Farce has always been relegated to the lowest rung of the ladder of dramatic genres. Distinctions between farce and more literary comic forms remain clouded, even in the light of contemporary efforts to rehabilitate this type of comedy. Is farce really nothing more than slapstick-the "putting out of candles, kicking down of tables, falling over joynt-stools," as Thomas Shadwell characterized it in the seventeenth century? Or was his contemporary, Nahum Tate correct when he declared triumphantly that "there are no rules to be prescribed for that sort of wit, no patterns to copy; and 'tis altogether the creature of imagination"? Davis shows farce to be an essential component in both the comedi...
Japanese conventions about comedy and laughter are largely unanalyzed. For many students of Japanese culture and visitors to Japan, Japanese humor seems obscure, incomprehensible, paradoxical, and even nonexistent. By bringing together scholarly insights and original research by both Japanese and non-Japanese experts, Jessica Milner Davis bridges the differences between humor in Japan and the West and examines the entire spectrum of Japanese humor, from ancient traditions and surviving rituals of laughter to norms of joke-telling in ordinary conversation in Japan and America. For anyone interested in Japan, Japanese culture, and humor studies, Understanding Humor in Japan is an important tea...
The present study emphasizes Chapter Six of Huai-nan Tzu in expounding the theory of kan-ying STIMULUS-RESPONSE; RESONANCE, which postulates that all things in the universe are interrelated and influence each other according to pre-set patterns.
This book examines the multi-media explosion of contemporary political satire. Rooted in 18th century Augustan practice, satire’s indelible link with politics underlies today’s universal disgust with the ways of elected politicians. This study interrogates the impact of British and American satirical media on political life, with a special focus on political cartoons and the levelling humour of Australasian satirists.
Humour and Religion highlights the importance and functioning of humour in different world religions. Exploring the major religious cultures, the book looks at more constructive aspects to the relation between humour and religion, with humour seen as a pathway to spiritual wisdom. Exploring how religions contain (implicit) references to the finitude and relativity of the human condition, and why humour and spirituality fit well together, contributors discuss what the meaning of humour in different religions is - Did it evolve historically? How does it function? How is humour related to the realization of spiritual goals? Looking at religions from an external perspective, the contributors then analyze the way religion interacts with humour in society. How does a religion respond to sarcasm and irony? Are there limits to mockery and making fun of believers? Does humour have a pacifying effect when societal tensions run high or does it intensify the sensitivities? This volume will provide essays of value to scholars in the various religions and literatures covered.
This book offers the first comprehensive and in-depth exploration of the way Chinese humor fits into broader discourses on Chinese identity and modernity in an increasingly globalized world throughout the period of modern China. It brings together the expertise of scholars from a variety of disciplines – history, literature, linguistics, anthropology, sociology and the study of popular culture – to examine the many forms and modes in which political humor is expressed in modern China: films, cartoons, the visual arts, oral performances and online satire.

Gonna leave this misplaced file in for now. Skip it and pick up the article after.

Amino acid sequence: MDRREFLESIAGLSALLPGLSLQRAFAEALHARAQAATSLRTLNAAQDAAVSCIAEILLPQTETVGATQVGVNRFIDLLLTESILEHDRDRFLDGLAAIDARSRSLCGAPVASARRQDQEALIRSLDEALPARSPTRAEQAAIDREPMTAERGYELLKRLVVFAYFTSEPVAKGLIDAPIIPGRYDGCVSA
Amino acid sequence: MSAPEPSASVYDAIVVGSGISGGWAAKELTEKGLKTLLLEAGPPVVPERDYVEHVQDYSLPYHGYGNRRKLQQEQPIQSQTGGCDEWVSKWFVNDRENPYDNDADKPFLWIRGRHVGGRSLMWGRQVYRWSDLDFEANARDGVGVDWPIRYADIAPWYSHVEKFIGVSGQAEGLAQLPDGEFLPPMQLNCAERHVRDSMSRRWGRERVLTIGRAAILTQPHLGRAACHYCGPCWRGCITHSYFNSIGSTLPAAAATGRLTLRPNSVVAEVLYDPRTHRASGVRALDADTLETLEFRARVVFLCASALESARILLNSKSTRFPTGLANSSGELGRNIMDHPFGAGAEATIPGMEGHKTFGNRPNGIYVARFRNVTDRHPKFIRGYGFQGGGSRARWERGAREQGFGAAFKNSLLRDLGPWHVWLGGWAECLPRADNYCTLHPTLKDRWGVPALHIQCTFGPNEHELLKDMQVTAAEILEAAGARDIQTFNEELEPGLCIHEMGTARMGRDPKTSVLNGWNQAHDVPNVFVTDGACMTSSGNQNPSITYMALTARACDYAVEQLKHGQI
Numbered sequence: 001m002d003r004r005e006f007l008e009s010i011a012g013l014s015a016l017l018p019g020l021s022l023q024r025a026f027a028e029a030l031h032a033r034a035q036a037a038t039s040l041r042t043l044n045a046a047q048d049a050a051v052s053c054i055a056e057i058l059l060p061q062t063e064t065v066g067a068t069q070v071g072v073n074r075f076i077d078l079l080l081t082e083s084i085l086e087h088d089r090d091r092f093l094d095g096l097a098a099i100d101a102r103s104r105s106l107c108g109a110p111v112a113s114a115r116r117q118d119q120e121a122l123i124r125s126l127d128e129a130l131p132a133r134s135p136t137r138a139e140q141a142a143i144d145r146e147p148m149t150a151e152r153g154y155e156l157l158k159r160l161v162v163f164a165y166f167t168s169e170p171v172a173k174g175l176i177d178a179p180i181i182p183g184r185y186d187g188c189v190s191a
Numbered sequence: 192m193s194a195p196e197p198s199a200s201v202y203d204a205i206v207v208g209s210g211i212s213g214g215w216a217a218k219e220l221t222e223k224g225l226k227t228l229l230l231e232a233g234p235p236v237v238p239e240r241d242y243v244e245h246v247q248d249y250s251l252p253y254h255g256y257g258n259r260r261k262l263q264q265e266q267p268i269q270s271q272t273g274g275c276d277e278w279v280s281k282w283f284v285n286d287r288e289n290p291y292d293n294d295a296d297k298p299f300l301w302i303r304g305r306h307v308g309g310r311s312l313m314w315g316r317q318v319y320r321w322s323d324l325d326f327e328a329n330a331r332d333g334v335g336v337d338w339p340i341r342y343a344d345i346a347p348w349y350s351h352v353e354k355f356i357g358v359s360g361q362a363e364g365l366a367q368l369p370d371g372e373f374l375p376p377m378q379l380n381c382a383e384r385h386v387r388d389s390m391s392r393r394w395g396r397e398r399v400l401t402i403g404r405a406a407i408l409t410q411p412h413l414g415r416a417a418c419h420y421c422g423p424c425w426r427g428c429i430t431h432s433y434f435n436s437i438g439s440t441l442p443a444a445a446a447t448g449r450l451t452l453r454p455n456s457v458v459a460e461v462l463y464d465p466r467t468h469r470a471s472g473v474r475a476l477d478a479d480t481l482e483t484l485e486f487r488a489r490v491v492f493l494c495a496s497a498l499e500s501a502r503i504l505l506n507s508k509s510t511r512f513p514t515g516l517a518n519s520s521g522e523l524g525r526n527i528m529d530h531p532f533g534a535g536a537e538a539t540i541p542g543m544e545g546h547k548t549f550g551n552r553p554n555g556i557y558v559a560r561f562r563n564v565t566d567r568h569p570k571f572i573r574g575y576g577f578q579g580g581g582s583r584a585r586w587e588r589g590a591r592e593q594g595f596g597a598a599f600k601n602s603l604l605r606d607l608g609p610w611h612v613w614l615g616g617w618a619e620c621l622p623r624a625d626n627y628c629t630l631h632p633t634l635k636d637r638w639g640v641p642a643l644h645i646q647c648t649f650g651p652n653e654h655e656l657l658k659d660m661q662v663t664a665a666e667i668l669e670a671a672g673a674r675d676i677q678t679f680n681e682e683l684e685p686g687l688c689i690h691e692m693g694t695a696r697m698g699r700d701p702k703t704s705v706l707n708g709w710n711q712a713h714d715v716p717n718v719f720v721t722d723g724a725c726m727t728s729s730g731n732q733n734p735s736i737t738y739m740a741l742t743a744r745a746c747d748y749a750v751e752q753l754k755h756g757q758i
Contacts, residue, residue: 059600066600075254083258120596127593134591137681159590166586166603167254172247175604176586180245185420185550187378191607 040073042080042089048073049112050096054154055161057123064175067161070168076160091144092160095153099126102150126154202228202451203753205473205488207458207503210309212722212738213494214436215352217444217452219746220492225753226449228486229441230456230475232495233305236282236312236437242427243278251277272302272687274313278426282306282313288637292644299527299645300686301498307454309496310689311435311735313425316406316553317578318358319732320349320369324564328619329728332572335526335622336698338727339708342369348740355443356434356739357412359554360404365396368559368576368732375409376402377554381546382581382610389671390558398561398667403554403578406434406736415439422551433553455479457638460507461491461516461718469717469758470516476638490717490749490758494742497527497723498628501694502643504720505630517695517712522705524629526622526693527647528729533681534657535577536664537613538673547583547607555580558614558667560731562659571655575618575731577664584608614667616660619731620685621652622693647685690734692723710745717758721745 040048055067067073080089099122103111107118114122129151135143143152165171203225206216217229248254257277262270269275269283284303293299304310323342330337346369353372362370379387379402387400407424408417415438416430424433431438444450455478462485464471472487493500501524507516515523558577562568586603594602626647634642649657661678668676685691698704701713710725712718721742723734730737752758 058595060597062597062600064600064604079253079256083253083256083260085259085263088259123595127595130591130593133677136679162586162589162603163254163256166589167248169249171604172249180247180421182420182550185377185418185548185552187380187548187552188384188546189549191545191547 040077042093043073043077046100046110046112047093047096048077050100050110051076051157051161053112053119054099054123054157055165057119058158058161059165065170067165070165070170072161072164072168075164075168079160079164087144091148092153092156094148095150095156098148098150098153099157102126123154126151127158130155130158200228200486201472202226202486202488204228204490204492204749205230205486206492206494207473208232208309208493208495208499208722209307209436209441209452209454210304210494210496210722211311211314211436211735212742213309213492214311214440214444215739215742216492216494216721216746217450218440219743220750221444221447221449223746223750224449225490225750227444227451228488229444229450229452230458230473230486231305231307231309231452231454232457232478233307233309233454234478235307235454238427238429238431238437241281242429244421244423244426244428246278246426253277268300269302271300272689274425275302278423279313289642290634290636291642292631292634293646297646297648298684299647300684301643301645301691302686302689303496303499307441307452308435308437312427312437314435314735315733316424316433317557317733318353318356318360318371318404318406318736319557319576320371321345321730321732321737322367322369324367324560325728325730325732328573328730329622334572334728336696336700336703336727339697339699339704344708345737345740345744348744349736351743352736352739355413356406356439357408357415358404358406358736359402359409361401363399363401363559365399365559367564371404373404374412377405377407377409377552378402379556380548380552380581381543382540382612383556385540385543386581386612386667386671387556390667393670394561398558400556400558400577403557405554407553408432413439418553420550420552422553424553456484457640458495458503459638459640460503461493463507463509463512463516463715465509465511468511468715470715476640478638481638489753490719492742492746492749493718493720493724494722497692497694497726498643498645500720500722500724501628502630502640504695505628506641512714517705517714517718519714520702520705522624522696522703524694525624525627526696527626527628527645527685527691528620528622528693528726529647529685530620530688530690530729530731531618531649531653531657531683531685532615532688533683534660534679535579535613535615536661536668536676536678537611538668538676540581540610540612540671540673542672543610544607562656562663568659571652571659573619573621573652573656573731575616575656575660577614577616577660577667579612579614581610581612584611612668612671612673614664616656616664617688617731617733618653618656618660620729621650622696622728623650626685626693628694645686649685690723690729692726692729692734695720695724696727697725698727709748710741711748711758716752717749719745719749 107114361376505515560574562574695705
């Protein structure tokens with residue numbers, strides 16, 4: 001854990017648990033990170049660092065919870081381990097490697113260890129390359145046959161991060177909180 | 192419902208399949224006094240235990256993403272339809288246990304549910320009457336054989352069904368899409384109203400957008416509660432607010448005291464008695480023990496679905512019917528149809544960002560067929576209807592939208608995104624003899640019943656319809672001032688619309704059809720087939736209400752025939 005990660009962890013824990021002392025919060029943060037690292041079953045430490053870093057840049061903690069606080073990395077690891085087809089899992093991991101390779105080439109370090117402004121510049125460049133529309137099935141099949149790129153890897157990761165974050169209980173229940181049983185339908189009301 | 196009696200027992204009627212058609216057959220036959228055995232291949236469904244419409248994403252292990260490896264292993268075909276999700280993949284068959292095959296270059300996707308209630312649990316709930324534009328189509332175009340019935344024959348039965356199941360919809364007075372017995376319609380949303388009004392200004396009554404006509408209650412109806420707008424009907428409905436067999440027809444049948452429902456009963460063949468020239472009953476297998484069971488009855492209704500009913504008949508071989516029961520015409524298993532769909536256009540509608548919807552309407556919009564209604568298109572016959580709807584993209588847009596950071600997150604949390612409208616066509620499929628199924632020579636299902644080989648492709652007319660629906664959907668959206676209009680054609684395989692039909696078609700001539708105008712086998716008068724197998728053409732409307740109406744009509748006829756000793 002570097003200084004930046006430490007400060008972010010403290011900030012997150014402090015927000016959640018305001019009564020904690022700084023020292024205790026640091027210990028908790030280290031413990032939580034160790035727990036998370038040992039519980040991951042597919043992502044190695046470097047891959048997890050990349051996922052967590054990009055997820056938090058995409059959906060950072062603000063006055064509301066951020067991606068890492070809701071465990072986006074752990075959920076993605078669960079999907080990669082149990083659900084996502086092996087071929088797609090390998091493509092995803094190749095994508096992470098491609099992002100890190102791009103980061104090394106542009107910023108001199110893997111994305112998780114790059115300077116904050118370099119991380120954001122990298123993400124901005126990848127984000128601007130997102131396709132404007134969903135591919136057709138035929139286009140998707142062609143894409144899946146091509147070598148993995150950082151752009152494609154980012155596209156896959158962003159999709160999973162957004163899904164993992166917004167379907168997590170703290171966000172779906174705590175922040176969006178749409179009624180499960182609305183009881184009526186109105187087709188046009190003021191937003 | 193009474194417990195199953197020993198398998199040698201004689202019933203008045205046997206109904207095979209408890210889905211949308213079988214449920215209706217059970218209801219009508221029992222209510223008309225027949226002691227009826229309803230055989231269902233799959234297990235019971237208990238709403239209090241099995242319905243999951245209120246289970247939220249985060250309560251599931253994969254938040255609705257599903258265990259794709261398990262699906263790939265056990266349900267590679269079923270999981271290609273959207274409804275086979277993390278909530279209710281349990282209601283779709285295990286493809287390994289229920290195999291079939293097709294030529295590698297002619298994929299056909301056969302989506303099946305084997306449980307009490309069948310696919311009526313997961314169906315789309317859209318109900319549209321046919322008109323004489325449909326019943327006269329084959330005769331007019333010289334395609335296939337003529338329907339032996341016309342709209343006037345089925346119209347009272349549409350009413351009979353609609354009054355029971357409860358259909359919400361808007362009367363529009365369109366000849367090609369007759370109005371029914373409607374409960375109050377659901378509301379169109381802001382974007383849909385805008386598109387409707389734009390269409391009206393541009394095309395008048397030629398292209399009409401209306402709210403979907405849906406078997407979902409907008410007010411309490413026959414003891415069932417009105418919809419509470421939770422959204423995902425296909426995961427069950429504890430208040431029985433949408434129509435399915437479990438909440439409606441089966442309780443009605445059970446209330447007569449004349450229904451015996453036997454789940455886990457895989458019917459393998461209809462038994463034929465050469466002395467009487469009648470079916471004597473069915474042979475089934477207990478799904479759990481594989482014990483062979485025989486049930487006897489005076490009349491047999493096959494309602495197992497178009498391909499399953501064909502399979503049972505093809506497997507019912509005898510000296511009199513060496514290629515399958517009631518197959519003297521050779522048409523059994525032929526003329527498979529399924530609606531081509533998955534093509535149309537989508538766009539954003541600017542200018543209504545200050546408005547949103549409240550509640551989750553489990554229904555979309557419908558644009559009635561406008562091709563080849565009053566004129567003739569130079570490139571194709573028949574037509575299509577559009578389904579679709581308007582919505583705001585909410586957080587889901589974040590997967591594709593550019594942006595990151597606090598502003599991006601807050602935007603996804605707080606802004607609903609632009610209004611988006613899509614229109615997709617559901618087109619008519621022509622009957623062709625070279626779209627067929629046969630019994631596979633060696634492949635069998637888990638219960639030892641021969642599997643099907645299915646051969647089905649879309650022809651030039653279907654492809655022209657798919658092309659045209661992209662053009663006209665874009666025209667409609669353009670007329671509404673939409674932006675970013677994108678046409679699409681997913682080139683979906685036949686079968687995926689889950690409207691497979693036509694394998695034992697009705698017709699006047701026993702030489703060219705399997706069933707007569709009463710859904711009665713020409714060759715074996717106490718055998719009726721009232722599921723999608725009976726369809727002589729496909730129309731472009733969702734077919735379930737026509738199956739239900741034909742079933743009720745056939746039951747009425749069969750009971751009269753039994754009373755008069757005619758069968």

This is an updated edition of Good Humor, Bad Taste: A Sociology of the Joke, published in 2006. Using a combination of interview materials, survey data, and historical materials, it explores the relationship between humor and gender, age, social class, and national differences in the Netherlands and the United States. This edition includes new developments and research findings in the field of humor studies.
In the mid-seventies, both gender studies and humor studies emerged as new disciplines, with scholars from various fields undertaking research in these areas. The first publications that emerged in the field of gender studies came out of disciplines such as philosophy, history, and literature, while early works in the area of humor studies initially concentrated on language, linguistics, and psychology. Since then, both fields have flourished, but largely independently. This book draws together and focuses the work of scholars from diverse disciplines on intersections of gender and humor, giving voice to approaches in disciplines such as film, television, literature, linguistics, translation studies, and popular culture.
This feeling is a mental state in which people exclude some situation from their knowledge of how the world really is, thereby inhibiting seriousness where seriousness would be counterproductive. Laughter is viewed as an expression of this feeling, and humor as a set of devices designed to trigger it because it is so pleasant and distracting.
The Mirth of Nations is a social and historical study of jokes told in the principal English-speaking countries. It is based on use of archives and other primary sources, including old and rare joke books. Davies makes detailed comparisons between the humor of specific pairs of nations and ethnic and regional groups. In this way, he achieves an appreciation of the unique characteristics of the humor of each nation or group. A tightly argued book, The Mirth of Nations uses the comparative method to undermine existing theories of humor, which are rooted in notions of hostility, conflict, and superiority, and derive ultimately from Hobbes and Freud. Instead Davies argues that humor merely plays...